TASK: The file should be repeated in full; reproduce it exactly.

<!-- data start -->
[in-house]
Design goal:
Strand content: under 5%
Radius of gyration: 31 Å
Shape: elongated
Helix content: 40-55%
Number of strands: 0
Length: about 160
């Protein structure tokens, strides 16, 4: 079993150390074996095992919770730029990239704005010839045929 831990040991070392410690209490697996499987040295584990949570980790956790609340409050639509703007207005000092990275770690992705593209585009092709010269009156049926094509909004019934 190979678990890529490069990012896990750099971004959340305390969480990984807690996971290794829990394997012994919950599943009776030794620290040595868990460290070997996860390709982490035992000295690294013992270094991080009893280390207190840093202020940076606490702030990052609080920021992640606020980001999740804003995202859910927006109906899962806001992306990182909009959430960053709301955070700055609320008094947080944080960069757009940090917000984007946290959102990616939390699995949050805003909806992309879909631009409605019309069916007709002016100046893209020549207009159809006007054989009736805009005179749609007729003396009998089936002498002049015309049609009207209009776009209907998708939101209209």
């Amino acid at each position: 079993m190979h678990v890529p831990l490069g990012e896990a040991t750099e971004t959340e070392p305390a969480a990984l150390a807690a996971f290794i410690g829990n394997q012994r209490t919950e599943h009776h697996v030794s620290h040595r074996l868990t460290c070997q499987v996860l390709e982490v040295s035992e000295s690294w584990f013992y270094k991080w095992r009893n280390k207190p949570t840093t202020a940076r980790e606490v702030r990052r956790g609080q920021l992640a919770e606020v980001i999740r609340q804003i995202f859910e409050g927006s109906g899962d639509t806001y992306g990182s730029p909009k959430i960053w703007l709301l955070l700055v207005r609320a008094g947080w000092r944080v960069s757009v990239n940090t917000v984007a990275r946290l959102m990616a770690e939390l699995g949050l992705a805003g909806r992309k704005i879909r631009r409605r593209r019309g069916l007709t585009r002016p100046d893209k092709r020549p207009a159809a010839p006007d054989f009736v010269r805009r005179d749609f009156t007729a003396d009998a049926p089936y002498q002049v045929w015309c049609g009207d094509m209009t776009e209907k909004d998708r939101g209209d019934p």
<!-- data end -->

[in-house]
Design goal:
Strand content: under 5%
Radius of gyration: 31 Å
Shape: elongated
Helix content: 40-55%
Number of strands: 0
Length: about 160
């Protein structure tokens, strides 16, 4: 079993150390074996095992919770730029990239704005010839045929 831990040991070392410690209490697996499987040295584990949570980790956790609340409050639509703007207005000092990275770690992705593209585009092709010269009156049926094509909004019934 190979678990890529490069990012896990750099971004959340305390969480990984807690996971290794829990394997012994919950599943009776030794620290040595868990460290070997996860390709982490035992000295690294013992270094991080009893280390207190840093202020940076606490702030990052609080920021992640606020980001999740804003995202859910927006109906899962806001992306990182909009959430960053709301955070700055609320008094947080944080960069757009940090917000984007946290959102990616939390699995949050805003909806992309879909631009409605019309069916007709002016100046893209020549207009159809006007054989009736805009005179749609007729003396009998089936002498002049015309049609009207209009776009209907998708939101209209």
């Amino acid at each position: 079993m190979h678990v890529p831990l490069g990012e896990a040991t750099e971004t959340e070392p305390a969480a990984l150390a807690a996971f290794i410690g829990n394997q012994r209490t919950e599943h009776h697996v030794s620290h040595r074996l868990t460290c070997q499987v996860l390709e982490v040295s035992e000295s690294w584990f013992y270094k991080w095992r009893n280390k207190p949570t840093t202020a940076r980790e606490v702030r990052r956790g609080q920021l992640a919770e606020v980001i999740r609340q804003i995202f859910e409050g927006s109906g899962d639509t806001y992306g990182s730029p909009k959430i960053w703007l709301l955070l700055v207005r609320a008094g947080w000092r944080v960069s757009v990239n940090t917000v984007a990275r946290l959102m990616a770690e939390l699995g949050l992705a805003g909806r992309k704005i879909r631009r409605r593209r019309g069916l007709t585009r002016p100046d893209k092709r020549p207009a159809a010839p006007d054989f009736v010269r805009r005179d749609f009156t007729a003396d009998a049926p089936y002498q002049v045929w015309c049609g009207d094509m209009t776009e209907k909004d998708r939101g209209d019934p």